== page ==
Should I worry about this update?

person typing on computer keyboard

A reader has a question about a temperamental Windows update:

“Cyn, I have another problem related to Microsoft and/or Belarc. I got a Lenovo all-in-one computer in 2020, loaded with Windows 10. I have since updated to Windows 11 without incident, and I have installed all Windows updates that have been offered.

When I ran Belarc on the brand-new computer, it showed me two security updates needed. As I had run into that before, I didn’t rush into action. At the end of January 2022 I ran it again; it now shows one update not installed (Q2565063). Belarc says it is important; MS the update is related to MS C++ 2010 x86.

Since I’m not having any problems, and I have protection against viruses [viri?], and since somehow the number of missing updates dropped from 2 to 1 without intervention, I’m still not planning on doing anything. But if you have any thoughts or recommendations, I would be happy to see them. Thanks for all your work and support!”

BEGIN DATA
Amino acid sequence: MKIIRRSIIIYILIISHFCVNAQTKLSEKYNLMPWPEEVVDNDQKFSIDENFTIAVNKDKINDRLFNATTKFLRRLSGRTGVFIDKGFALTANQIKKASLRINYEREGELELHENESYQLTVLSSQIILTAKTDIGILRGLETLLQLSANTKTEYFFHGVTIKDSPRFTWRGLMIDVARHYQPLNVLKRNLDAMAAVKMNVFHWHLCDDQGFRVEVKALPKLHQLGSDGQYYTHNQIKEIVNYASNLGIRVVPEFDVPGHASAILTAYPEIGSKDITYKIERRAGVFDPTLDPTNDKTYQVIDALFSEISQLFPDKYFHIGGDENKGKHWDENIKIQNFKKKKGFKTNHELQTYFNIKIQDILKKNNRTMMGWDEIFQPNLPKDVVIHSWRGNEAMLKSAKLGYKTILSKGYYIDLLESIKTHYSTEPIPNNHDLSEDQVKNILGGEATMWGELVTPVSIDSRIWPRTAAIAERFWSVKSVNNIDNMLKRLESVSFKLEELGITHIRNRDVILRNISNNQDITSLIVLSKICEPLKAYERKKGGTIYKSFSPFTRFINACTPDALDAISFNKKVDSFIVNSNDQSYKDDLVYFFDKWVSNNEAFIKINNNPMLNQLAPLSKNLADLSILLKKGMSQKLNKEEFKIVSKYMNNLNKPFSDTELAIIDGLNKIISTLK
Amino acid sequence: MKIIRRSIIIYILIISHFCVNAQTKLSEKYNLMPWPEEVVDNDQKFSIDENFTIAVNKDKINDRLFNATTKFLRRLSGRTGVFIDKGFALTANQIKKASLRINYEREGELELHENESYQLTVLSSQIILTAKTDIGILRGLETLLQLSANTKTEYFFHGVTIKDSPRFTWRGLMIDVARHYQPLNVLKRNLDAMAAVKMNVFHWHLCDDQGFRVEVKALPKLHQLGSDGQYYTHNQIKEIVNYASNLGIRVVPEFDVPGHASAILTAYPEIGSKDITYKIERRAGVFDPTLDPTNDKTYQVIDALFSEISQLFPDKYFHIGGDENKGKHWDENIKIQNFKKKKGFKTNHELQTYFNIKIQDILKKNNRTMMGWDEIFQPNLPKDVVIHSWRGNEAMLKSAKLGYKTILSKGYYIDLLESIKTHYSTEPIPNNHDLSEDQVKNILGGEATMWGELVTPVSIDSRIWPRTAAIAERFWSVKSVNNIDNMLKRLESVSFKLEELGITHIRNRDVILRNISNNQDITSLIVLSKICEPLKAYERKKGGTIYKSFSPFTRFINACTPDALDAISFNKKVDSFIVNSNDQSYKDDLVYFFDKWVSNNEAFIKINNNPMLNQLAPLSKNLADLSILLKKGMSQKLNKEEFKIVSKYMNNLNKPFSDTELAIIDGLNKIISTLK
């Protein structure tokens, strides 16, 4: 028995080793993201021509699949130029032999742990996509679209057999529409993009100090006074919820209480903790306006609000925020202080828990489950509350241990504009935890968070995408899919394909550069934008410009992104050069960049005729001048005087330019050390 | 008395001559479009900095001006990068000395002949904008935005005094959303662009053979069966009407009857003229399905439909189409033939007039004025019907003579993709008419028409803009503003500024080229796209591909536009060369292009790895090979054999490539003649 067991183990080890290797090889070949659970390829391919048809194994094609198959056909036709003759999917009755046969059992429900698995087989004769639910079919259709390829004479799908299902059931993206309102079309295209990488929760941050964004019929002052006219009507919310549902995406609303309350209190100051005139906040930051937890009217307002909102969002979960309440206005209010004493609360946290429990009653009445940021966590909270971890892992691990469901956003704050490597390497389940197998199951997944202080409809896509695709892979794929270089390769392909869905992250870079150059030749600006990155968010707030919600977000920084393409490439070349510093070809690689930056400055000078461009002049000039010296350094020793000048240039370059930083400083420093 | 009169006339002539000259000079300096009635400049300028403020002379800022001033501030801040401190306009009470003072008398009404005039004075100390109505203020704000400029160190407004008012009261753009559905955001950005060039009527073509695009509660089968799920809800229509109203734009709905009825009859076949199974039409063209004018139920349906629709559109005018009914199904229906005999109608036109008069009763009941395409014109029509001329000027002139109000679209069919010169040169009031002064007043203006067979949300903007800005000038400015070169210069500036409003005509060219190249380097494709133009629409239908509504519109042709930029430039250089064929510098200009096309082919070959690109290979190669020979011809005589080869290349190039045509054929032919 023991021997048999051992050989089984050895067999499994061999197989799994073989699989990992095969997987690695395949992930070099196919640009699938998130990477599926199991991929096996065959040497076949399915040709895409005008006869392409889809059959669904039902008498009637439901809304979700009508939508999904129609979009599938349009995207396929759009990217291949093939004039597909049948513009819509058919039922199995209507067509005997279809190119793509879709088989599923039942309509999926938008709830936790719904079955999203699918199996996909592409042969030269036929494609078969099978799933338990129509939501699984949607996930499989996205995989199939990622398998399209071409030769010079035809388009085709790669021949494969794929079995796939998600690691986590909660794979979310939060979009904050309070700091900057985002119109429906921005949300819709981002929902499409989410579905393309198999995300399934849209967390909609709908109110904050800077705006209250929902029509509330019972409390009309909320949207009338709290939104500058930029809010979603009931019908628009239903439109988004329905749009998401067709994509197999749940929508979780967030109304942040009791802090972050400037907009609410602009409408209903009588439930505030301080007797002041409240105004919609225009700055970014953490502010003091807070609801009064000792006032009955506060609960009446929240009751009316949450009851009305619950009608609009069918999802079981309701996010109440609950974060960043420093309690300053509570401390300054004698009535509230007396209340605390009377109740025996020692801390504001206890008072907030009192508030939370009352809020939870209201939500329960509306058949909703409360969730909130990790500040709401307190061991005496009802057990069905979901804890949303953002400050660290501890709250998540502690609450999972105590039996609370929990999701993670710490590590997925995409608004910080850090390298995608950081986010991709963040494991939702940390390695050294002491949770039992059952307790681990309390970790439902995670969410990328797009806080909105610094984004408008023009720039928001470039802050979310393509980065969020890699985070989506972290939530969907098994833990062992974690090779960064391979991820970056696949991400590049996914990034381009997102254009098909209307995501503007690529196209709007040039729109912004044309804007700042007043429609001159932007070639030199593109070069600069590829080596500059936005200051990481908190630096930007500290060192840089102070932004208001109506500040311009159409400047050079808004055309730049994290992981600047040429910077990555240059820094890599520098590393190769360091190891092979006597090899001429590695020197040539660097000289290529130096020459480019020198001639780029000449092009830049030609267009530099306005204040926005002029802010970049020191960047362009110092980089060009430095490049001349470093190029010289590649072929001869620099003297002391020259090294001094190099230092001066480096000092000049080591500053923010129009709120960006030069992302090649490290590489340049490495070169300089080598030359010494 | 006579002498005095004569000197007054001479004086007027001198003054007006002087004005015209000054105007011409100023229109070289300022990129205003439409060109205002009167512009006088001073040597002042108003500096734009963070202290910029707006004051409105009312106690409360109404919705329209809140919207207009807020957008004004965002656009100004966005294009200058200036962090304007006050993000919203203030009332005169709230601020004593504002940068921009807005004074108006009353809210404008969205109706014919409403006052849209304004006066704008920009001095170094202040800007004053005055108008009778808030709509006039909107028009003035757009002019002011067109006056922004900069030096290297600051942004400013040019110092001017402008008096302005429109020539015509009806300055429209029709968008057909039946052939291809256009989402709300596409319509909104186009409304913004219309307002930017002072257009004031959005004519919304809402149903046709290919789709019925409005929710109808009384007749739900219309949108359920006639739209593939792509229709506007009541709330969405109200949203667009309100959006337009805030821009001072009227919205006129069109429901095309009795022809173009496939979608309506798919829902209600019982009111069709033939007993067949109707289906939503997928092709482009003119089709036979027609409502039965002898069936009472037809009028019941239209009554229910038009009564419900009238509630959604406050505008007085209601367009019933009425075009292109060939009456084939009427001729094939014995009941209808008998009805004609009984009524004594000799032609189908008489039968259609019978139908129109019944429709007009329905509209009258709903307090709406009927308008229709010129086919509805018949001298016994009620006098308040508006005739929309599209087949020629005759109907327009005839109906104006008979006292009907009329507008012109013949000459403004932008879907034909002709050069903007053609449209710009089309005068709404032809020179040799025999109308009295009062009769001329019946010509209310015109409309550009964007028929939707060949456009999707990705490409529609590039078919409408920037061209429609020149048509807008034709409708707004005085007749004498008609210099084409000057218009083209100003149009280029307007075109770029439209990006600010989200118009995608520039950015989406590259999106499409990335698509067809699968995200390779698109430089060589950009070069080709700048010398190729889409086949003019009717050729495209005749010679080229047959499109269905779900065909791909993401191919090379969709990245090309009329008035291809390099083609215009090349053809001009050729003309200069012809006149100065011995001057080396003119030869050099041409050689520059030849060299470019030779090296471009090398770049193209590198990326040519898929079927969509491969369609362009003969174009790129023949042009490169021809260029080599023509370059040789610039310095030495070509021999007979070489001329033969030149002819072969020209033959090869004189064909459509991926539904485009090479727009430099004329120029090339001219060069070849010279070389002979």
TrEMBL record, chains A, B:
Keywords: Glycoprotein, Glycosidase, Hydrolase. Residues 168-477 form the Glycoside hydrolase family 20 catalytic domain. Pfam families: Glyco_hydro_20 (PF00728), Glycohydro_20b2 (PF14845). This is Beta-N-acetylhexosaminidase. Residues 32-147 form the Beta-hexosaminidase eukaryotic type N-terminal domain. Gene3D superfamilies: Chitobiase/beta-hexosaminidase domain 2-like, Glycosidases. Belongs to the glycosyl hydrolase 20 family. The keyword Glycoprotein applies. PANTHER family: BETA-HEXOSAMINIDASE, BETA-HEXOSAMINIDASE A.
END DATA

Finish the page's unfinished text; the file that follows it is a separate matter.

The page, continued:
Stubborn updates, especially those with the C++ designation are a common problem with Windows. However, if it’s not a critical update and you aren’t seeing issues, you probably don’t have to worry. Microsoft is still troubleshooting the finer points of Windows 11 on various devices, so it’s likely that they pushed out a fix that allowed your update to install.

If you’re concerned, you can always run the update troubleshooter. Start by opening Settings and selecting Windows Update.

Then choose Get help.

You’ll have the option to run the Windows Update Troubleshooter.

One thought on “Should I worry about this update?

  1. Cyn, thanks for covering this question! I’m perfectly satisfied with your answer, but I just tried to get to the troubleshooter. My windows update screen didn’t have a ‘get help’ button. I took a snip of it, if you’d like it. I am not an insider user; perhaps that’s why. No pressing need to pursue this; I’m comfortable without that old C++ update.

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